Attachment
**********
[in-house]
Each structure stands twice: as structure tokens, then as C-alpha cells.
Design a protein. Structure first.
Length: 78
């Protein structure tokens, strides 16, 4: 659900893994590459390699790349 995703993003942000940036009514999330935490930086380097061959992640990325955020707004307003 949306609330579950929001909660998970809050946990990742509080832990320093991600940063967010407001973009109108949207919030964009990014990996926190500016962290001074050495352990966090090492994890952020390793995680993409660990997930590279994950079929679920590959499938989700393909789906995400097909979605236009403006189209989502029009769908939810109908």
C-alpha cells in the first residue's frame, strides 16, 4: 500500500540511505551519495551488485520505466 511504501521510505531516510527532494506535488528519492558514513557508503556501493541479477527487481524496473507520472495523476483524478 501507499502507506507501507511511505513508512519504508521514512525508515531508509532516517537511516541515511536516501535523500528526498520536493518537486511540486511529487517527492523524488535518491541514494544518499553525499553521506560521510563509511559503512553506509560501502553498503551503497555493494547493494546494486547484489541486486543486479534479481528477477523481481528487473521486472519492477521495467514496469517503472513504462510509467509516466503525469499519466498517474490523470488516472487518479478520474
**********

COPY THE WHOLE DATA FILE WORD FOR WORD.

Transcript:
[in-house]
Each structure stands twice: as structure tokens, then as C-alpha cells.
Design a protein. Structure first.
Length: 78
């Protein structure tokens, strides 16, 4: 659900893994590459390699790349 995703993003942000940036009514999330935490930086380097061959992640990325955020707004307003 949306609330579950929001909660998970809050946990990742509080832990320093991600940063967010407001973009109108949207919030964009990014990996926190500016962290001074050495352990966090090492994890952020390793995680993409660990997930590279994950079929679920590959499938989700393909789906995400097909979605236009403006189209989502029009769908939810109908």
C-alpha cells in the first residue's frame, strides 16, 4: 500500500540511505551519495551488485520505466 511504501521510505531516510527532494506535488528519492558514513557508503556501493541479477527487481524496473507520472495523476483524478 501507499502507506507501507511511505513508512519504508521514512525508515531508509532516517537511516541515511536516501535523500528526498520536493518537486511540486511529487517527492523524488535518491541514494544518499553525499553521506560521510563509511559503512553506509560501502553498503551503497555493494547493494546494486547484489541486486543486479534479481528477477523481481528487473521486472519492477521495467514496469517503472513504462510509467509516466503525469499519466498517474490523470488516472487518479478520474